Hang out in the crossroads Saturday afternoon and bask in the brillance of the parade of cosplayers (technically, it’s the Costume Contest Parade). The artistic talent on display is AMAZING. There are some truly mind-blowing costumes at Gen Con every year. If hanging out isn’t your thing, go to the Costume Contest and sit and watch, then.

Game on and have fun. See you in a few days!

Categories: Conventions | Tags: , | 2 Comments

Guest Post! — Gen Con Tips & Advice Series

Jakub Nowosad a.k.a. Arathi: master of Law & master of Political Science, Polish convention organizer since 2004, RPG player since 1996. Redactor and reviewer in Polish RPG websites. He is trying to popularize board games and RPG in his region in Poland. He has also served as an ENnie Awards judge in 2014 and 2015. He has a tumor in his spine resulting in muscular atrophy of the left side of the body. You can reach him online: Google+ at +JakubNowosad, Twitter @Arathic. 

As a disabled person sometimes I have a problem with conventions. In this text I want to tell organizers, participants and other handicapped persons a few words. Most of the things below are an outcome of my career as a convention organiser for almost ten years.

For organizers:

I know we don’t always have a possibility to choose a place with good infrastructure that will be helpful for disabled. But as an ex-organiser I think you can make some convenience. First You can make a special point for buying tickets with priority for disabled. Second You can sensitize volunteers and helpers on the needs of the disabled. It’s always helpful when a physically impaired person can ask someone from the staff for help. Having a spare wheelchair and a medic is helpful too. In Poland most conventions require from underage attendees to show a permission slip from parents. I think parents can write down in a permission slip  helpful information about theirs kid: allergies, chronic illnesses, and disabilities. Adult people can have an ICE card (In Case of Emergency) – i.e. special card in a wallet where is written information about family (address, phone number), blood type and other medical info. Organizers should have a few spare ICE cards for people who want it (You can find them on the Web).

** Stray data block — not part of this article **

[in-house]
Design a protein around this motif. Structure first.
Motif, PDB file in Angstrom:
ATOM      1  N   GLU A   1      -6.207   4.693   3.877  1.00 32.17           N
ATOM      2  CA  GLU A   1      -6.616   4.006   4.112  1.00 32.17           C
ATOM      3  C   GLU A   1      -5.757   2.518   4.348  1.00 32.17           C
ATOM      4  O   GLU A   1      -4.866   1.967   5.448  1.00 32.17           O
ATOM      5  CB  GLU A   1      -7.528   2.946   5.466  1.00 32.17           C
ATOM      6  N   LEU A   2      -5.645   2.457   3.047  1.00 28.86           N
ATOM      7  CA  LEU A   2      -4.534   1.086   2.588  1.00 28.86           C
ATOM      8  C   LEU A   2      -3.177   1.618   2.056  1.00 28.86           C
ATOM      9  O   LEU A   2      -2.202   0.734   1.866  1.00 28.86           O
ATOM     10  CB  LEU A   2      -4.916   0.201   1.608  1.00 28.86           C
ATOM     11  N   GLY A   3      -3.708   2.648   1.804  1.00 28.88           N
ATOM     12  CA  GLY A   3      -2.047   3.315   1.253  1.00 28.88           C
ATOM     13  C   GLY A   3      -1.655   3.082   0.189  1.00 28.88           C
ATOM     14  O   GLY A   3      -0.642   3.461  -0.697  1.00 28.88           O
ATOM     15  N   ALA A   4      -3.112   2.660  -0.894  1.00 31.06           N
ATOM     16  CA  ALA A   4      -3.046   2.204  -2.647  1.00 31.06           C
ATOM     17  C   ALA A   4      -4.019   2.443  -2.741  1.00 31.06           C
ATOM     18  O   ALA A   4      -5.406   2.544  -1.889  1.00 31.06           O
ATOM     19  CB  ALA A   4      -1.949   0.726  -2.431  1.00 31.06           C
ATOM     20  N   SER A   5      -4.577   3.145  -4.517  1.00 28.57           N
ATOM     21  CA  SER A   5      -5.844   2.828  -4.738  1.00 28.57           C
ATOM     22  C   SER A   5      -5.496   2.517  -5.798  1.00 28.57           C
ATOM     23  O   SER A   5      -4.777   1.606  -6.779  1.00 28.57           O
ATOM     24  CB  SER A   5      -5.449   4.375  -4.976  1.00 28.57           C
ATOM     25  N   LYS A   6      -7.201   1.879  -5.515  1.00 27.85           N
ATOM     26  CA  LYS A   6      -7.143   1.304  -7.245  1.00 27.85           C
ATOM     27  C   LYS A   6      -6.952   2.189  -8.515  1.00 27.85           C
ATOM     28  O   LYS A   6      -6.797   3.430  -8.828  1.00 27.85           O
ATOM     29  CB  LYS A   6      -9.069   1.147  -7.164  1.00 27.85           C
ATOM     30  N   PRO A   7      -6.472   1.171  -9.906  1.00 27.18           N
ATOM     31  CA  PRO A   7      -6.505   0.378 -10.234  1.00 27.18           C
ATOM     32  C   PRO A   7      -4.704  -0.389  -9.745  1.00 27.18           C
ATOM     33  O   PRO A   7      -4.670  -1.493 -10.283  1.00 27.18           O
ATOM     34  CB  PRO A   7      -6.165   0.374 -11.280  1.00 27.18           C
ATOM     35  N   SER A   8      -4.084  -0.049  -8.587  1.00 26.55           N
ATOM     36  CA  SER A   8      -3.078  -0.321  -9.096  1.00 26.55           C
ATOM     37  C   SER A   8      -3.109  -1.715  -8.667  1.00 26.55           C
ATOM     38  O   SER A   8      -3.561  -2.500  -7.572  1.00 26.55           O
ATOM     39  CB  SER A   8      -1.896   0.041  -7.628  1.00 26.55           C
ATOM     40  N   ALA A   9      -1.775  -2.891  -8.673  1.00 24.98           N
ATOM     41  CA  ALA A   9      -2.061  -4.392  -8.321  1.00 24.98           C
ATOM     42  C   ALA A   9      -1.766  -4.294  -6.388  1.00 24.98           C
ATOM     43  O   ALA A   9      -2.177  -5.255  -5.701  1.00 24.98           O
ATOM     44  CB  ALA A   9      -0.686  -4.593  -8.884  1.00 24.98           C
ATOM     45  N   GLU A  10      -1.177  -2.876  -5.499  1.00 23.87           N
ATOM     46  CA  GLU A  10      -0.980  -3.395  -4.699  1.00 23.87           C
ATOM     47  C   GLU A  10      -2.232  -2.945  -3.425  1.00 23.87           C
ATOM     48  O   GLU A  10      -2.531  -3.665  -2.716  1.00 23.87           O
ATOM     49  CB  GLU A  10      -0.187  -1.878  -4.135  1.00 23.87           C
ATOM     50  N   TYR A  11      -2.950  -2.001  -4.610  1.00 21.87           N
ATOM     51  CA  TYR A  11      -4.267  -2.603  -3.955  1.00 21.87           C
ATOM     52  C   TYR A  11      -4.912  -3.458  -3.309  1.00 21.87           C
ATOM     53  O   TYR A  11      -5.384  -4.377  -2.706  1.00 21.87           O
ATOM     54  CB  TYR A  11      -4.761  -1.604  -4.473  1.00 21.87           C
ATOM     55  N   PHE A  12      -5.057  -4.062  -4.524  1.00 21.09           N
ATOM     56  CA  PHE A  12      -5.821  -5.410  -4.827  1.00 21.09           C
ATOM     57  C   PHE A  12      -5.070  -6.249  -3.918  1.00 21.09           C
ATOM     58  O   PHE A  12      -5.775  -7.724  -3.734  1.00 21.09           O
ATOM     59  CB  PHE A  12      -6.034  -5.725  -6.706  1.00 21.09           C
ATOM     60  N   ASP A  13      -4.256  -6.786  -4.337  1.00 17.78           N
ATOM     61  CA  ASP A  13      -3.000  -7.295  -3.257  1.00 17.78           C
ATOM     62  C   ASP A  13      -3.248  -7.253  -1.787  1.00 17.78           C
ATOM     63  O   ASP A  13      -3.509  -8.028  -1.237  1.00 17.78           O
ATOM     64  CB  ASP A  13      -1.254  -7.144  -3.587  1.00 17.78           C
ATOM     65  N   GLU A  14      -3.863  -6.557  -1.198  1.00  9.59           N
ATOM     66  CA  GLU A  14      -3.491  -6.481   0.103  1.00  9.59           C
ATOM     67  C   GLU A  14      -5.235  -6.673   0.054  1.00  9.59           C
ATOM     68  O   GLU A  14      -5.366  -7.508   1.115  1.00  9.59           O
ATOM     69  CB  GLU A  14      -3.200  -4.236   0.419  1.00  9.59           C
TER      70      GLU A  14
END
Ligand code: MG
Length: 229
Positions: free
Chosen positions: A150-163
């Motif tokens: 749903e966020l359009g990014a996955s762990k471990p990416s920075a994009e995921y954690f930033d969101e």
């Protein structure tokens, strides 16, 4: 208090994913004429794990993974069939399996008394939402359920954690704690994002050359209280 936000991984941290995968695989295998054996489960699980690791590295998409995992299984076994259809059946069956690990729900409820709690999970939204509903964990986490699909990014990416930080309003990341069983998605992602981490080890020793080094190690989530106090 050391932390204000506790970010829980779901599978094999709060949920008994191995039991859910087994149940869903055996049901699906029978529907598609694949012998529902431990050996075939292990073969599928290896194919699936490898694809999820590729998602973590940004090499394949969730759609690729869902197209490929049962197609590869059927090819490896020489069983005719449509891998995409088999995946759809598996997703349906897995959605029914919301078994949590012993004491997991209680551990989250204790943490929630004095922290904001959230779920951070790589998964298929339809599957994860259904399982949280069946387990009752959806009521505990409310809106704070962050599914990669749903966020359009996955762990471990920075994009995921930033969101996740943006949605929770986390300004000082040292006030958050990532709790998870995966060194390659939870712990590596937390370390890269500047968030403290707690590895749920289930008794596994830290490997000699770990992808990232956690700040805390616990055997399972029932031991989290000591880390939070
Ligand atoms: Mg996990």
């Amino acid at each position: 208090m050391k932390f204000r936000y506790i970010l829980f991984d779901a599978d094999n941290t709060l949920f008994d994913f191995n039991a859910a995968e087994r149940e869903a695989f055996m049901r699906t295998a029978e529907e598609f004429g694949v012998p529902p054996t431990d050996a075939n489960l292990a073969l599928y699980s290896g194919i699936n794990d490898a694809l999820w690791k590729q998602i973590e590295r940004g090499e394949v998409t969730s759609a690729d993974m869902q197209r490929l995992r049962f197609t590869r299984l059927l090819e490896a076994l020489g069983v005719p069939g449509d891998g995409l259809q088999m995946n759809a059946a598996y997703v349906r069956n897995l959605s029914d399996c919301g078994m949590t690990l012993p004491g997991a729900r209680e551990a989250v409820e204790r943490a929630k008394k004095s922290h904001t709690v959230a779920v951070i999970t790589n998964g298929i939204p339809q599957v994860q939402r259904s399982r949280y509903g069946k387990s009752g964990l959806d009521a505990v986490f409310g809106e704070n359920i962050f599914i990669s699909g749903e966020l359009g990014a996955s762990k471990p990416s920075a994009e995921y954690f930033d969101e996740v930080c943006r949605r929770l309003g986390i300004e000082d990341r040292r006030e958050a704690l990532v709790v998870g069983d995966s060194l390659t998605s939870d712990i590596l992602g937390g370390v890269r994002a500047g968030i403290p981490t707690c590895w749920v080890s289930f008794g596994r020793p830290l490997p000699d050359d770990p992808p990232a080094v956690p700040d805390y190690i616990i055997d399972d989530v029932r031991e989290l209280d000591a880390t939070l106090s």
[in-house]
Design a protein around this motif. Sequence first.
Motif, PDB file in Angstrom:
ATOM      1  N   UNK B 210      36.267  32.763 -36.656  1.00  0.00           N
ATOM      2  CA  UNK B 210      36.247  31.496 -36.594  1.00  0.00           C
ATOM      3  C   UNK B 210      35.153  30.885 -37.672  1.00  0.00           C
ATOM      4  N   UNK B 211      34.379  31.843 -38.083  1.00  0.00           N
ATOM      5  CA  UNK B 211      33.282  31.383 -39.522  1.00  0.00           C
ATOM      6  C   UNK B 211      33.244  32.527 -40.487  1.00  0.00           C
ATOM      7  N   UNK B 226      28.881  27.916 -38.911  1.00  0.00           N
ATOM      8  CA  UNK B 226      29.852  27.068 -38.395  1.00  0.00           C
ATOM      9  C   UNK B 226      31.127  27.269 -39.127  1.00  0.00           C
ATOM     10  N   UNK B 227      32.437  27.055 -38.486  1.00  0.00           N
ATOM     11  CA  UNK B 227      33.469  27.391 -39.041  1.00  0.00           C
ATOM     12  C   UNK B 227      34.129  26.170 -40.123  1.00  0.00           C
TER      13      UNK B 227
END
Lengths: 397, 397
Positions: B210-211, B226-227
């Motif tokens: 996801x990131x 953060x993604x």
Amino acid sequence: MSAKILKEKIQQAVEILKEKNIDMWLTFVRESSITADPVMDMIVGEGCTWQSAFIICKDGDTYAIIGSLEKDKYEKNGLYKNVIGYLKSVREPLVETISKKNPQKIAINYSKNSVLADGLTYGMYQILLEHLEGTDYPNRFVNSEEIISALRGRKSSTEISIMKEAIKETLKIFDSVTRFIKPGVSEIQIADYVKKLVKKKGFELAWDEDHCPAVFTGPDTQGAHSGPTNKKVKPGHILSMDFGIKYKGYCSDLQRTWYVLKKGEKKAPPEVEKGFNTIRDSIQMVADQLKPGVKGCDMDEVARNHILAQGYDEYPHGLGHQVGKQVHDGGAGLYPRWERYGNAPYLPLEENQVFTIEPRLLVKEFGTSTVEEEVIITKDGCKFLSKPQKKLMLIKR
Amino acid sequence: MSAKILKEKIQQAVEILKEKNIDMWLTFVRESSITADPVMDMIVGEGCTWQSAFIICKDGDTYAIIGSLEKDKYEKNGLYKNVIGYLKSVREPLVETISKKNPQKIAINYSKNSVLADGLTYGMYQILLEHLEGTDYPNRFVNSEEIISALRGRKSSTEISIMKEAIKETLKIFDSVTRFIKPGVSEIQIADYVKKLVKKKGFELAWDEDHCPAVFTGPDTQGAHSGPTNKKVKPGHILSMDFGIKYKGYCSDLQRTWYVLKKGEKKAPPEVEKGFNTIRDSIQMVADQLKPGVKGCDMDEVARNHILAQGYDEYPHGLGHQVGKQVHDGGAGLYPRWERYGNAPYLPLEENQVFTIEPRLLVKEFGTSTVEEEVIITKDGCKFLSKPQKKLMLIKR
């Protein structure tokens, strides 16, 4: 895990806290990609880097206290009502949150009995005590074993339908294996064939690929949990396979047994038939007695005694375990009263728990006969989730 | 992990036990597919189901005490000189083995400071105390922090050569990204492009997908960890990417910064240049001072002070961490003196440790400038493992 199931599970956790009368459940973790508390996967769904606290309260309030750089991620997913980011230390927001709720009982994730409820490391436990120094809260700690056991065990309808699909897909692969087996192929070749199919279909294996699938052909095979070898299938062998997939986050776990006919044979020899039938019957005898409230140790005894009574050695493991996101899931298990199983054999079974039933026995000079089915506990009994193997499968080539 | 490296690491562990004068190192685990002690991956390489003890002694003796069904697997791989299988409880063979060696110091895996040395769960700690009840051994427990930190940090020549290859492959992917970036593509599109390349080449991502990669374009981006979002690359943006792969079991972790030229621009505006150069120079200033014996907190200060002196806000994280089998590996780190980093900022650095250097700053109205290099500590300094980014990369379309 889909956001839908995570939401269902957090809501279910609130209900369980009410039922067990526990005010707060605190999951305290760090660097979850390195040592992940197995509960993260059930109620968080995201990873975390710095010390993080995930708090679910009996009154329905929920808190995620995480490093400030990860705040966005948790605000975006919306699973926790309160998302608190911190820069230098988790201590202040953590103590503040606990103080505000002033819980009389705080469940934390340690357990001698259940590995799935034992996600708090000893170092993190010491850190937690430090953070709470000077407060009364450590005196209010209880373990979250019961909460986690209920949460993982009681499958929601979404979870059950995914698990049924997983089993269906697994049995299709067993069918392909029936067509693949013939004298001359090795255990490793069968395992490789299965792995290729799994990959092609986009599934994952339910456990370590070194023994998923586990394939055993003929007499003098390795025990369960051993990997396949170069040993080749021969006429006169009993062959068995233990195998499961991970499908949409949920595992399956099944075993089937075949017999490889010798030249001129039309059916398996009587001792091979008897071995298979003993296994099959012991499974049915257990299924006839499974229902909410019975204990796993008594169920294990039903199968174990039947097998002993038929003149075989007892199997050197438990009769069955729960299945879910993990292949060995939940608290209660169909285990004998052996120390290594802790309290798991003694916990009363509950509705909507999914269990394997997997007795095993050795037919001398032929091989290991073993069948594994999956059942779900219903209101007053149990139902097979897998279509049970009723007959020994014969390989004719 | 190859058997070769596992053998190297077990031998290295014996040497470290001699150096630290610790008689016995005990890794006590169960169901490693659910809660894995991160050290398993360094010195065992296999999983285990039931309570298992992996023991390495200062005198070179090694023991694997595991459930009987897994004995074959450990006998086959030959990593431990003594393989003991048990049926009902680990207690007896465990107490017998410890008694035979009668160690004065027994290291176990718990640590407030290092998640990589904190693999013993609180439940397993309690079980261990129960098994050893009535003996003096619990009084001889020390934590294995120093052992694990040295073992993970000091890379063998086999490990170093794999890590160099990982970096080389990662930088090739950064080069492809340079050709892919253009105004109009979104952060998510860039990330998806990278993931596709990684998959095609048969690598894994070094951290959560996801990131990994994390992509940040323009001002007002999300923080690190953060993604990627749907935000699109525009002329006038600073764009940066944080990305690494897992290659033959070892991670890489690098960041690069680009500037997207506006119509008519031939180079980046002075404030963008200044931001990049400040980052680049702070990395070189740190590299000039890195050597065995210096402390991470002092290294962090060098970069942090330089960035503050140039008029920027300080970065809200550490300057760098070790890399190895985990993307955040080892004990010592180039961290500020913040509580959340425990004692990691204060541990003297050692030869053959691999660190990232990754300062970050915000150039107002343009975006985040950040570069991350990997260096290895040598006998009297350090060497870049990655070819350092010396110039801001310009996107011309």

Special symbols (such as badges or an armbands) could be useful with identification of disabled. Organizers can save first row of seats in the seminars just for disabled.

With all this, physically-impaired people could have a better time in the convention.

For convention attendants:

A lot of people have some medical problems. Sometimes hidden. When you are in the crowd remember people are around you may have medical issues. Try not to be the one who is always rush others. When you are entering a room don’t scuffle to enter as fast as you can. Rush is not a good advisor and can be harmful for others.

A good thing to do is to find another chair if you sit in the last one in the room. Sometimes at a convention or conference I feel powerless when I can’t find a place to sit. And a lot of people are sitting around and pretend they don’t see me or other handicapped. So look around, try to help if you can (with luggage, chair, box etc) and don’t just think of yourself – convention should be a fun for everyone.

And finally as a physically-impaired person I have a few words to other people like me – don’t be macho. I know it’s hard to live when you have a serious illness. But pretending that you can lift those boxes or luggage by yourself, will not help you and can be harmful for your health. It’s not shameful to ask someone for help – in Poland we say: Your crown will not fall from your head. 😉